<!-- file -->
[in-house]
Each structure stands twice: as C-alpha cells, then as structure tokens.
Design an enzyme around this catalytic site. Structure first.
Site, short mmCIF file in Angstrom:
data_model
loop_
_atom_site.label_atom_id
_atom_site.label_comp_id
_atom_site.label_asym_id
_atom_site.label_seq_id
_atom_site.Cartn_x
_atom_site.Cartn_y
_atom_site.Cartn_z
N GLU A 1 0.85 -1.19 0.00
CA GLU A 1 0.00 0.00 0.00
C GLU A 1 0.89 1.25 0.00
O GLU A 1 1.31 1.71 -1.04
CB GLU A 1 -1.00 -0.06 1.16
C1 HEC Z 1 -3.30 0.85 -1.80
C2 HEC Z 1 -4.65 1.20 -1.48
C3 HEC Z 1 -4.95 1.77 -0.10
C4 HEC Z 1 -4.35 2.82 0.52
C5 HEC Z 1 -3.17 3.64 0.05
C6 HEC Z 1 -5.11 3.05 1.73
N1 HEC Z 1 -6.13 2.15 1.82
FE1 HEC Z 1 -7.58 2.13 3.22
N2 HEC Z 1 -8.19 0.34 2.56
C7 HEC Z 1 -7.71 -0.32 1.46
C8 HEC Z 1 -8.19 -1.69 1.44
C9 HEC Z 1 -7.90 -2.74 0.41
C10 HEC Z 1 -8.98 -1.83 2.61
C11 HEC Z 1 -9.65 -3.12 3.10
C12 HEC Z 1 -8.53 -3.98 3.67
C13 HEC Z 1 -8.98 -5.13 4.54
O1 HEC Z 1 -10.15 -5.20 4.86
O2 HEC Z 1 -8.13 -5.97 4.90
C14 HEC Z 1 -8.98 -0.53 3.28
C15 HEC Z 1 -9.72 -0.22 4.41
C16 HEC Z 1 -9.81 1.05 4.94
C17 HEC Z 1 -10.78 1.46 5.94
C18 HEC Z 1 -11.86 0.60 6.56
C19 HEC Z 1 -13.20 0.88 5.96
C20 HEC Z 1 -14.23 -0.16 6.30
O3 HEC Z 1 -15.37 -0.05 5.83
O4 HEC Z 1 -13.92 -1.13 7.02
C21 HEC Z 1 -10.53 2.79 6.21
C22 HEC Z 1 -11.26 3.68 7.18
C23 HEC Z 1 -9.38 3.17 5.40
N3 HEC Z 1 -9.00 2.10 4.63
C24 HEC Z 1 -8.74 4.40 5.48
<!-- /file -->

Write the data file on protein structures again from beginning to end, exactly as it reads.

[in-house]
Each structure stands twice: as C-alpha cells, then as structure tokens.
Design an enzyme around this catalytic site. Structure first.
Site, short mmCIF file in Angstrom:
data_model
loop_
_atom_site.label_atom_id
_atom_site.label_comp_id
_atom_site.label_asym_id
_atom_site.label_seq_id
_atom_site.Cartn_x
_atom_site.Cartn_y
_atom_site.Cartn_z
N GLU A 1 0.85 -1.19 0.00
CA GLU A 1 0.00 0.00 0.00
C GLU A 1 0.89 1.25 0.00
O GLU A 1 1.31 1.71 -1.04
CB GLU A 1 -1.00 -0.06 1.16
C1 HEC Z 1 -3.30 0.85 -1.80
C2 HEC Z 1 -4.65 1.20 -1.48
C3 HEC Z 1 -4.95 1.77 -0.10
C4 HEC Z 1 -4.35 2.82 0.52
C5 HEC Z 1 -3.17 3.64 0.05
C6 HEC Z 1 -5.11 3.05 1.73
N1 HEC Z 1 -6.13 2.15 1.82
FE1 HEC Z 1 -7.58 2.13 3.22
N2 HEC Z 1 -8.19 0.34 2.56
C7 HEC Z 1 -7.71 -0.32 1.46
C8 HEC Z 1 -8.19 -1.69 1.44
C9 HEC Z 1 -7.90 -2.74 0.41
C10 HEC Z 1 -8.98 -1.83 2.61
C11 HEC Z 1 -9.65 -3.12 3.10
C12 HEC Z 1 -8.53 -3.98 3.67
C13 HEC Z 1 -8.98 -5.13 4.54
O1 HEC Z 1 -10.15 -5.20 4.86
O2 HEC Z 1 -8.13 -5.97 4.90
C14 HEC Z 1 -8.98 -0.53 3.28
C15 HEC Z 1 -9.72 -0.22 4.41
C16 HEC Z 1 -9.81 1.05 4.94
C17 HEC Z 1 -10.78 1.46 5.94
C18 HEC Z 1 -11.86 0.60 6.56
C19 HEC Z 1 -13.20 0.88 5.96
C20 HEC Z 1 -14.23 -0.16 6.30
O3 HEC Z 1 -15.37 -0.05 5.83
O4 HEC Z 1 -13.92 -1.13 7.02
C21 HEC Z 1 -10.53 2.79 6.21
C22 HEC Z 1 -11.26 3.68 7.18
C23 HEC Z 1 -9.38 3.17 5.40
N3 HEC Z 1 -9.00 2.10 4.63
C24 HEC Z 1 -8.74 4.40 5.48